Background: A County School District (CSD) was awarded $224,875 in 21st Century Community Learning Center (21st CCLC) grant funding for both fiscal years 2008-09 and 2009-10. The 21st CCLC Program was created as the only federal funding source dedicated exclusively to after-school programs. The program was established to provide a wide range of high-quality out-of-school services specifically focused on helping students meet state and local academic achievement standards in core academic subjects. Services are targeted to low-income students attending low-performing schools, and include both academic enrichment and additional services that reinforce and complement the regular school day. Programs also bolster communities by offering opportunities for literacy and related educational development to families of active program participants. By law, 21st CCLCs provide services only during non-school hours or periods when school is not in session. Programs funded with 21st CCLC grants must meet the following minimum performance standards: serve proposed numbers of targeted student participants; meet proposed levels of program operation; and provide the requisite hours of operation. Programs must demonstrate sufficient progress toward accomplishing program objectives by submitting semi-annual data. Funding levels are based largely upon proposed student attendance levels and hours of operation. Federal guidelines stipulate that failure to perform at operational levels as proposed in the approved grant application may result in reduced levels of funds.
Findings: Records obtained from the 21st CCLC program in the CSD indicate that the average number of students in attendance for the month of May 2010 was only 24.35, a figure substantially less than the proposed daily level of 100 students. Summer attendance levels forecasted in the contract indicated that an average of 90 students would be served daily, to include 60 students with disabilities. However, the average attendance for the month of June 2010 was only 39.92 students. End of year self-report data submitted to the Department indicated an average daily attendance of 12 during 2009-10. According to the program management, the CSD program started late during the first year and reported improved attendance levels during the summer of 2009 (53 students per day). Consequently, the Department decided not to reduce funding for the second year. However, the Department appropriately reduced the maximum award for the third year because the CSD fell short of meeting the “80% threshold rule for daily attendance in 2009-10” and the CSD County dissolved the program.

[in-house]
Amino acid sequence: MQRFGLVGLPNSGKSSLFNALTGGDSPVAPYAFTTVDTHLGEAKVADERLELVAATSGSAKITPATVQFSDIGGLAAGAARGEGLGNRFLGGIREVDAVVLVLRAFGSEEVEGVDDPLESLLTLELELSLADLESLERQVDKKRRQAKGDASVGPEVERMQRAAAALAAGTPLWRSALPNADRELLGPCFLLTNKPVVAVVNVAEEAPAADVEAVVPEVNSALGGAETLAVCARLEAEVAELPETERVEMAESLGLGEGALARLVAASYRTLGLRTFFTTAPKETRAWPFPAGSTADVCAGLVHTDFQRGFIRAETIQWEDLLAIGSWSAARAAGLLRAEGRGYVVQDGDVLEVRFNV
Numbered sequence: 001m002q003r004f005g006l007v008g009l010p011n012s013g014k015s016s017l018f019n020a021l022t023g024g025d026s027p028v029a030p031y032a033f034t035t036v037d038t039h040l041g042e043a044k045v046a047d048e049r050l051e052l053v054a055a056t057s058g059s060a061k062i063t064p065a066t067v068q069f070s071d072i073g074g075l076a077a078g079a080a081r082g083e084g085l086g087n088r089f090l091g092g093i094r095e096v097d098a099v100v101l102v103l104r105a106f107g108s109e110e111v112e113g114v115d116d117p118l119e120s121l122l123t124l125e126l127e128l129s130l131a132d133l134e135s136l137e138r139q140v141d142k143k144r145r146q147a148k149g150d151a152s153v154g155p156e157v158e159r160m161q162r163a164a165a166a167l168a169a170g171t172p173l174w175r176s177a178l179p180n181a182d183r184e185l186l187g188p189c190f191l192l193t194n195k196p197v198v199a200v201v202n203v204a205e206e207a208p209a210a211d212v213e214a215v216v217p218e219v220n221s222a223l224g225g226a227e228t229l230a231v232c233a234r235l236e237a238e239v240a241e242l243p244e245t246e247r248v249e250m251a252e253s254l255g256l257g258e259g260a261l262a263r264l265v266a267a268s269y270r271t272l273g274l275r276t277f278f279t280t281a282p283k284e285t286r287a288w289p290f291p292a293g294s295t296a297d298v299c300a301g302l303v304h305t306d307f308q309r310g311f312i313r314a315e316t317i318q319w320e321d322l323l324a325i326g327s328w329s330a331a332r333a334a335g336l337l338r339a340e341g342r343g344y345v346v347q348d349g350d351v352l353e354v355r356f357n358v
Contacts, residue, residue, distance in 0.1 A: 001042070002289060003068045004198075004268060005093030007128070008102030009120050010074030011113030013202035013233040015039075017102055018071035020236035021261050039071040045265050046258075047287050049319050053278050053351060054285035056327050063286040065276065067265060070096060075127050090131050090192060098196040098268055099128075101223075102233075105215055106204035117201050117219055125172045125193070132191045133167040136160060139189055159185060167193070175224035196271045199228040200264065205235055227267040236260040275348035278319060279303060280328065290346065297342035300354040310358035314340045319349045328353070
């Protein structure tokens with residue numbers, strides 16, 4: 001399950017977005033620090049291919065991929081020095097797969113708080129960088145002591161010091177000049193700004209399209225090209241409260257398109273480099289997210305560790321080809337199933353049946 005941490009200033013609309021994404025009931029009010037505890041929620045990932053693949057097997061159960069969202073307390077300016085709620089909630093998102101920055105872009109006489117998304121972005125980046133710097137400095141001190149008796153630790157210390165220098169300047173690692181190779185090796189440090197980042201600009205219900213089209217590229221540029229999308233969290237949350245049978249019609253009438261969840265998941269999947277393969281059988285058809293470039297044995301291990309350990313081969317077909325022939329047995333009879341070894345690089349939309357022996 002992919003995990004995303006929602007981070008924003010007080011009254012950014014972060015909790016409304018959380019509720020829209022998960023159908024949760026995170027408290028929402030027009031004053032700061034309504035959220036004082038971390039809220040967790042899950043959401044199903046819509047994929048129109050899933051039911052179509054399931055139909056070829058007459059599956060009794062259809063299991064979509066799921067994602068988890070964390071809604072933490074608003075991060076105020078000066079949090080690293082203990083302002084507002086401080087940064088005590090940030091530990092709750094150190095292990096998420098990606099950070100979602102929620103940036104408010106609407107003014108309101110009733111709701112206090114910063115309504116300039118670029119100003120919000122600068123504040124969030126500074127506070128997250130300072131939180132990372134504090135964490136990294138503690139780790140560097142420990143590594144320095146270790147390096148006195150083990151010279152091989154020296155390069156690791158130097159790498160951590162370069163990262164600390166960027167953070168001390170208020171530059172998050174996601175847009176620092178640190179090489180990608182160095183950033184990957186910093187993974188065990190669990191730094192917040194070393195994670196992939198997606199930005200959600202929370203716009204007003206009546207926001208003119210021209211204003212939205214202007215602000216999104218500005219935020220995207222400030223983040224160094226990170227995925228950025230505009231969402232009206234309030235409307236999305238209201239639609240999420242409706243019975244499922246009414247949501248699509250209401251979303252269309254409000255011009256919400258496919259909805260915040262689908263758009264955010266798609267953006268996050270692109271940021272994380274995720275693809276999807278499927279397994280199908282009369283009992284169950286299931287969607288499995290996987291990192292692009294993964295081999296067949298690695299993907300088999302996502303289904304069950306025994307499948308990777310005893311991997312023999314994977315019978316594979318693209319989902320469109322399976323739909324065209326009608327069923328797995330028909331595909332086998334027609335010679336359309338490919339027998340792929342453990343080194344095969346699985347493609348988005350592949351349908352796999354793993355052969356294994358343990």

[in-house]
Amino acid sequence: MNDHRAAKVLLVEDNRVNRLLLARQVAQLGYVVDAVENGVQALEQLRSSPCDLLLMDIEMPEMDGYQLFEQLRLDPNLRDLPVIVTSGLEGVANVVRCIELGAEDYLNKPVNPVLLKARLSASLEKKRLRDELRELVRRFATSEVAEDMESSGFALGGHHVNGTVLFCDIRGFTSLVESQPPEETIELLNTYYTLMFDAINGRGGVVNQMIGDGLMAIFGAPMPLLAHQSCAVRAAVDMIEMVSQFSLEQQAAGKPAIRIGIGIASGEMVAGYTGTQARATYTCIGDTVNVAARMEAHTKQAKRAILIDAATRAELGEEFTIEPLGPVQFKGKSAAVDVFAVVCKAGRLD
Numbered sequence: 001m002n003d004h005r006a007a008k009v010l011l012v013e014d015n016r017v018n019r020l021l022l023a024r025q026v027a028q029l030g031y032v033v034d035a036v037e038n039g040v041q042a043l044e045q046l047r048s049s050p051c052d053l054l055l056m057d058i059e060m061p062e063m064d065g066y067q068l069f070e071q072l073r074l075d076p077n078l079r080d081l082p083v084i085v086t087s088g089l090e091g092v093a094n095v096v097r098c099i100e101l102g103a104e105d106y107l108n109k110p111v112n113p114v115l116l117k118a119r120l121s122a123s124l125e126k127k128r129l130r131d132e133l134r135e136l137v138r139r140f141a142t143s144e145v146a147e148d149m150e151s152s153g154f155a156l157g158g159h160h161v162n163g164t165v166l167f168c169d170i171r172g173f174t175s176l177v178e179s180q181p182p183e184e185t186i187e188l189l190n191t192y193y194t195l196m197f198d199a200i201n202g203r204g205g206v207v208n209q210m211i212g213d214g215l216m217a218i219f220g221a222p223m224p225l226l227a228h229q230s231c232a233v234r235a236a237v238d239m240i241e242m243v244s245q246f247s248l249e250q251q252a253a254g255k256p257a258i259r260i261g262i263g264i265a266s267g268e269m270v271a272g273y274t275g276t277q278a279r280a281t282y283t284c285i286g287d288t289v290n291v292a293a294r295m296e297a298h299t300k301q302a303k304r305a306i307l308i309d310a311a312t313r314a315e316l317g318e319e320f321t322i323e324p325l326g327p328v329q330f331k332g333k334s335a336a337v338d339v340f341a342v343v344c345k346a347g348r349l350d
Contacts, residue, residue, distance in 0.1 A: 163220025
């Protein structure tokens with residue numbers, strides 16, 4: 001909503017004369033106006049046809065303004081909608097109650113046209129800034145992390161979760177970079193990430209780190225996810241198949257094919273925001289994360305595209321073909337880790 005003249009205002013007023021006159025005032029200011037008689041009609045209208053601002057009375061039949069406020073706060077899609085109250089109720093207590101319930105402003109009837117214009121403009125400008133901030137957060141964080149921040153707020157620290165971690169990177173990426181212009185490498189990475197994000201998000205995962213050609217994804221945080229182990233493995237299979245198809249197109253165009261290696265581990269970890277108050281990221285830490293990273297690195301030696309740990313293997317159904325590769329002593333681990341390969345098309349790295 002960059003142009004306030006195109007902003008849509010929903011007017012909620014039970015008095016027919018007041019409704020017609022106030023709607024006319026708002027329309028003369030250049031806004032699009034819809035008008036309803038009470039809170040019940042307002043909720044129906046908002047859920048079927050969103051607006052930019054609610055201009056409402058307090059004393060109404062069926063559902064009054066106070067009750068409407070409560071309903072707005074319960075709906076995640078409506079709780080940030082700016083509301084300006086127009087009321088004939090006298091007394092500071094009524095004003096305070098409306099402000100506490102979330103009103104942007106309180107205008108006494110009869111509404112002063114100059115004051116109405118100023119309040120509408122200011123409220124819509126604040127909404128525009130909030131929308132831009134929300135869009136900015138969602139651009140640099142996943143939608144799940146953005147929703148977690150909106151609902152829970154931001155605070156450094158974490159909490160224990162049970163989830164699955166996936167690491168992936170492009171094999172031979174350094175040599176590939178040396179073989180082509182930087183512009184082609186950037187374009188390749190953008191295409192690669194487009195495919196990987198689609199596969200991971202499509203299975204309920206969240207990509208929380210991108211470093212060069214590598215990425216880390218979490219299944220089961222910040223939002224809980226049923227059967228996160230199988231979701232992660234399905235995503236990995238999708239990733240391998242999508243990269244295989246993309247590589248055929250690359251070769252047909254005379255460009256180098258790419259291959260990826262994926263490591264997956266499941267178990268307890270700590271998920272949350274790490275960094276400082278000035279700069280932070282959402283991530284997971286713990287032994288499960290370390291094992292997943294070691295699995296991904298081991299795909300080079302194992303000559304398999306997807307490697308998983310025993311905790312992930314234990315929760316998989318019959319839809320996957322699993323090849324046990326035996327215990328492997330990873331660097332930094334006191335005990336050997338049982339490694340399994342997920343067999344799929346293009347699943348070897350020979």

In terms of program operation, the CSD did not fully comply with the legal and regulatory requirements that stipulated that 21st CCLC programs must provide opportunities “to help student achievement … meet state and local student achievement standards in core academic subjects, such as reading and mathematics.” The 21st CCLC grant requires that providers must offer remedial education and academic enrichment, to include a strong reading, mathematics, and science component delivered by ce11ified teachers. During the months of November 2009 and March 2010, an examination of the CSD’s lesson plans revealed that an insufficient amount of time was spent teaching core competencies. A disproportionate amount of time was devoted to the instruction of art, music, recreation, and entrepreneurial education in the after-school program. Although a computer lab was available to students in the after-school program, the extent to which students were utilizing the reading and math software to further remediate in core content areas was unclear.
Additionally, the grant program required that after-school programs must afford students 12 full hours of impact programming per week. It is apparent that only 1 to 2 hours per day of programming was offered based on the CSD data. The State OIG recommended that consideration be given to providing funds to higher risk sub-recipients on a reimbursement basis only. More stringent reporting requirements would help detect problems sooner.
Our focus in this course has been on foundation grants but grant management requirements of the federal government will play a role in your management experience.This case study is a true event taken from the Office of Inspector General public audit reports. Even the best grant manager will make mistakes that have to be addressed during the annual audit. When the Inspector General conducts an audit it means that something has gone wrong beyond the average management mistake. As Christians, we are called to be good stewards of the resources we are given. In a 2-3 page paper address the questions below. Based on what you have learned in this course how could this situation have been avoided?
1.What additional guidance and support could the Department have provided to this grantee?
2. What internal controls need to be strengthened at the CSD?
3. What could the CSD have done about their low student attendance?
4. What documentation could have been used to demonstrate their core content offerings?
5. How could this have been avoided?
OIG Audit Reports: https://www2.ed.gov/about/offices/list/oig/rpauditinvestmainpage.html